Well, I was going to do the rant on D&D stereotypes, but I didn’t really feel like it. I felt like doing this instead.

1) When writing from their point-of-view, remember they really believe in whatever views they hold.

Too often, when an author writes a frustrating character, I became aware of a little authorial ‘wink-wink nudge-nudge,’ similar to the kind of things that a lot of people do with coy foreshadowing. Say you have the heroine’s naïve sister. She says something like, “But I can’t possibly be wrong!” 100% certainty is set up as something the author absolutely won’t allow to remain, no matter how many reasons the character might have to think she’s right. Instead, doubts and true, real certainty that the author doesn’t topple alike belong to the heroes. They and they alone have the privilege of forming conclusions that the story doesn’t invalidate.
This is annoying. Yes, a character who blindly insists on the opposite of what the heroine believes to be true (say that the character is a fanatical religious type while the heroine believes in religious tolerance) can make the audience long to reach through the pages and slap her. But that should not extend to the author taking the heroine’s part and making the frustrating character sound stupid. That’s outright favoritism for the protagonist. Instead, why not establish a continuum of opinions that could be right or could be wrong, and let the story will out or eliminate a number of them? Or why not leave some up in the air, and the audience to make up their own minds?
It’s also annoying because it punishes the character for holding a belief that she can’t help but hold, since the author created her to hold it. Remember that, in the process of creating the people who win and the people who lose, that the people who are destined to lose can’t know it, or why wouldn’t they switch to the winning side? Insinuating that they should know their beliefs are wrong and change sides, and then writing the story in such a way that they can’t, is usually a form of revenge-mongering. The author is probably creating people who resemble bullies or proponents of a belief that she encountered and disagreed with in the past, and it’s not fair to punish them for the mistakes of the people she wishes she could really get back at.

2) Switch from one POV to another.

If the viewpoint character is only in one part of a story, such as with one party in a fantasy novel with wildly divergent threads, or is a POV character among many, then you can leave when she gets too annoying. Restrict the main characters’ interaction with her to what helps the story along, whether it’s to be funny or to provide information or to create friction when they argue with Ms. Frustrating. The longer you remain in the character’s presence, the greater the temptation may be to do a ‘wink-wink nudge-nudge,’ or start dropping hints that the character will be punished, which can ruin the suspense.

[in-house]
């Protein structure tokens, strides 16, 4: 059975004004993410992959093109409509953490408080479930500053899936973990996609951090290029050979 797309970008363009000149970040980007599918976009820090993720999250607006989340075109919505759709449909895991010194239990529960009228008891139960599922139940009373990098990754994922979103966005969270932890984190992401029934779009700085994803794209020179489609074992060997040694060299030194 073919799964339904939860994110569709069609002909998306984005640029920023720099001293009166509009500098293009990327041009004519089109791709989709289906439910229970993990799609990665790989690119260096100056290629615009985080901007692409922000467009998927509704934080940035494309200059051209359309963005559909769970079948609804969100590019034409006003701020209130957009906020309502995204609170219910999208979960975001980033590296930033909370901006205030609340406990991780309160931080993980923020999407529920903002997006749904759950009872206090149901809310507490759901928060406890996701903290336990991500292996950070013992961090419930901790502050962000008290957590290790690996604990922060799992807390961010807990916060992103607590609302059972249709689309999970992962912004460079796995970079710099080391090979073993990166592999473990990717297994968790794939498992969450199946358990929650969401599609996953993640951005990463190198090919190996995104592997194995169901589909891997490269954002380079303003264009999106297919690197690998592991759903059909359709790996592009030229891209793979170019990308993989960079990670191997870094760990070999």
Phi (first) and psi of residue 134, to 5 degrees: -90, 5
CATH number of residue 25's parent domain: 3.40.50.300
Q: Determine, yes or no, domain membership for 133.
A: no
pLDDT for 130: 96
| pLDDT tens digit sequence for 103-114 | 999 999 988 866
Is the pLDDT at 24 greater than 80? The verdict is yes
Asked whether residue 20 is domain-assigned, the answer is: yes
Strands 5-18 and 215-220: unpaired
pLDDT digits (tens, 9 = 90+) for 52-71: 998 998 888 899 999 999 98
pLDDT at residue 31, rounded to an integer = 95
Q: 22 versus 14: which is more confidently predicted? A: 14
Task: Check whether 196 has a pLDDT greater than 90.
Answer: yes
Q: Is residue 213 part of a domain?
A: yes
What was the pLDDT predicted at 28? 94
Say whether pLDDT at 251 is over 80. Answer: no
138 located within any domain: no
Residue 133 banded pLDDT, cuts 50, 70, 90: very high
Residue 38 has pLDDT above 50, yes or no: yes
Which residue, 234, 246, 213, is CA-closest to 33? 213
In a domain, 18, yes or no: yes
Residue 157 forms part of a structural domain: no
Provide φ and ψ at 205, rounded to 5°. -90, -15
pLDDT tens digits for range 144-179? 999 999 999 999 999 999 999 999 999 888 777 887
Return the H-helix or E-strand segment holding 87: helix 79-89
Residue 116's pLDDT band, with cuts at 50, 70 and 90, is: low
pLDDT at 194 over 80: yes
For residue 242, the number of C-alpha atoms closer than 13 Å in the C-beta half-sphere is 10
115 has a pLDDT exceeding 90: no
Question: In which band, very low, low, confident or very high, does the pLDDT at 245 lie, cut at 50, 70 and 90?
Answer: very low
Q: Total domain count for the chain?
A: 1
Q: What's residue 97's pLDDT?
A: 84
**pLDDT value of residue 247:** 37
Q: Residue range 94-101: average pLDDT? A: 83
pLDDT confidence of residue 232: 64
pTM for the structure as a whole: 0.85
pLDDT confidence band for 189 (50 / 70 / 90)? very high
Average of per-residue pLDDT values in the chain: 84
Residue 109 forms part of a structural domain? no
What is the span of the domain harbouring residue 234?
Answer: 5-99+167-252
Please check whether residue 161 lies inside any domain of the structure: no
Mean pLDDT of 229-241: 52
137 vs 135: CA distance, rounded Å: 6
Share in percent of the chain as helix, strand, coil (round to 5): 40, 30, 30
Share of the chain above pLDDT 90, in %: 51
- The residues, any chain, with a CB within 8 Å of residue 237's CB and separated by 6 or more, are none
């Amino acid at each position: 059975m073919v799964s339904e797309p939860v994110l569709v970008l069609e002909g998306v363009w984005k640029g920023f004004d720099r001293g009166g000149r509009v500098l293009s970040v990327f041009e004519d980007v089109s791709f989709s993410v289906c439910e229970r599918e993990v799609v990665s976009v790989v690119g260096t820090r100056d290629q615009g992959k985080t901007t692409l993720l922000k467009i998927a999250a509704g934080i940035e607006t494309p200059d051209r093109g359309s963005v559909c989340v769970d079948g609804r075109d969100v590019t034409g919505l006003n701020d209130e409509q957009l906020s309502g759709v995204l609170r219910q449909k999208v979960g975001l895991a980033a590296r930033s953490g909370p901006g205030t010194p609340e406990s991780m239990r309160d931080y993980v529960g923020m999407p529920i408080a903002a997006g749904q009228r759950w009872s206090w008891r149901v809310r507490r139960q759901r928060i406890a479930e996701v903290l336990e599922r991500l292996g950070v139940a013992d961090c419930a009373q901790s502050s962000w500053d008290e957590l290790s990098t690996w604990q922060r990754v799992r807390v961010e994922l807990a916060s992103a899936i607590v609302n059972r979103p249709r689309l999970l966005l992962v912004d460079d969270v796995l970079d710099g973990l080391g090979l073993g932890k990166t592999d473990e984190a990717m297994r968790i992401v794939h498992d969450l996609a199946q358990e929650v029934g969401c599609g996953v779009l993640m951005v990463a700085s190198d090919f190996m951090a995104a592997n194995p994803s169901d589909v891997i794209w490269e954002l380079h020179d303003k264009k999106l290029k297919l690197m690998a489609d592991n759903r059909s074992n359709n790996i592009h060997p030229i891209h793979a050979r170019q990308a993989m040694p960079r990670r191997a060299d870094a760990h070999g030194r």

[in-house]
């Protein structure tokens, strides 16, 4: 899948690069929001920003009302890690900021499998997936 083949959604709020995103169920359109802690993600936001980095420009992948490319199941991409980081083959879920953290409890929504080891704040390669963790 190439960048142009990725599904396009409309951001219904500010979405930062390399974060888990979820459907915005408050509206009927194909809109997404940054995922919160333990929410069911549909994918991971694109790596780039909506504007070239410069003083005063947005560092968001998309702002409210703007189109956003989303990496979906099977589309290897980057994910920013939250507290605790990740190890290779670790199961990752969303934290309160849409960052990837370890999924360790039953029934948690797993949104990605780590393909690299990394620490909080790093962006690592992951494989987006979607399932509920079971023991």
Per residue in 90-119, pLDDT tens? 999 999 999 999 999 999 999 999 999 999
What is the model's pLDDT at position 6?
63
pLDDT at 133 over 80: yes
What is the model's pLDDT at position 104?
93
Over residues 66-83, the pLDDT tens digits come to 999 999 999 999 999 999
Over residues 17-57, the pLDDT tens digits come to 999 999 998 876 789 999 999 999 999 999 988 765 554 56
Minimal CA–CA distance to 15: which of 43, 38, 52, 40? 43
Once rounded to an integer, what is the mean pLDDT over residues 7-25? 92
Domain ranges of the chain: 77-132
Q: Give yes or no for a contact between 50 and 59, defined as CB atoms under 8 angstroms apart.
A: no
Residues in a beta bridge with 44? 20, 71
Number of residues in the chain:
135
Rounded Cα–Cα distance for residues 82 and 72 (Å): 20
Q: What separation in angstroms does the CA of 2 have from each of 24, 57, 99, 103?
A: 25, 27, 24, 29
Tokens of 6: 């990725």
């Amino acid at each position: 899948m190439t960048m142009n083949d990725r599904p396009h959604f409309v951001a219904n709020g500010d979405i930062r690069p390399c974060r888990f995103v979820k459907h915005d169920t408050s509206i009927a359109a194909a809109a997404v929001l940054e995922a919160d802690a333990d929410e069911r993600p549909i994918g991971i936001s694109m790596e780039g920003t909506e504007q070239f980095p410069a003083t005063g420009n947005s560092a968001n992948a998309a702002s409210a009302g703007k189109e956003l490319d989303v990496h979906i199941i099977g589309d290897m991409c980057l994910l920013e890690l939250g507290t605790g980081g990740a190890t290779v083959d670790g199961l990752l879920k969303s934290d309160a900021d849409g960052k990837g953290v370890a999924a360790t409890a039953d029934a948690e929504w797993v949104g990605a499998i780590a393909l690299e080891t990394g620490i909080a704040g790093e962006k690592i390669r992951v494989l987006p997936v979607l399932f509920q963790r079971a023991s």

3) Put the frustrating character through events which will change her.

Too often, the author creates a static character who can’t change, when really, she should be as fully human as anyone else. Need her to retain her stubbornness or innocence or fanaticism or whatever else makes her so much work to write until a certain point in the story? Fine. But what happens after that?
If the character sees her beliefs shatter in front of her, she may well go through a crisis of faith. Those are usually reserved for the heroes, but there’s no reason a minor character couldn’t have one. Sometimes it’s an event like this that rescues the minor character, and turns her into a deep and compelling person, even if not in the position of a protagonist. Why not drop her into the snake pit when she’s served her “function” in the story, and make her an end in herself? Authors are willing to do that, and just about anything else, for their heroes. I’d like to see more of them do it with their non-protagonists.
Change a character, make her an end in herself, and she can change the plot in whole new ways. The one thing I’d caution an author doing this to be wary of is that it’s easy to make the conversion to a new way of thinking (often the author’s) too superficial. The “crisis of faith” ends the moment the heroine speaks to the doubting character, for example. Have them question a little, or, if they embrace the new ideas, go as far as they did originally and become as annoying in a whole new way. In fact…

4) Put some frustrating characters on the heroes’ side.

Other than the doubts the heroine might have about whether she’s really worthy of facing the Dark Lord/saving the world/ruling the world/etc., there’s not a whole lot of questioning the heroes’ ideals. They just happen to be remarkably like twenty-first-century transplants moderate and calm and ideal and sane. If a fanatic does show up in the story, he or she is always either an open enemy or really a spy. (The number of loud and offensive people on the “hero’s side” who end up working for the Dark Lord is really astounding. It makes it seem as if the heroes ought to know who’s evil right away: “Oh, he’s espousing things with too much force! He’s a servant of evil, all right!”)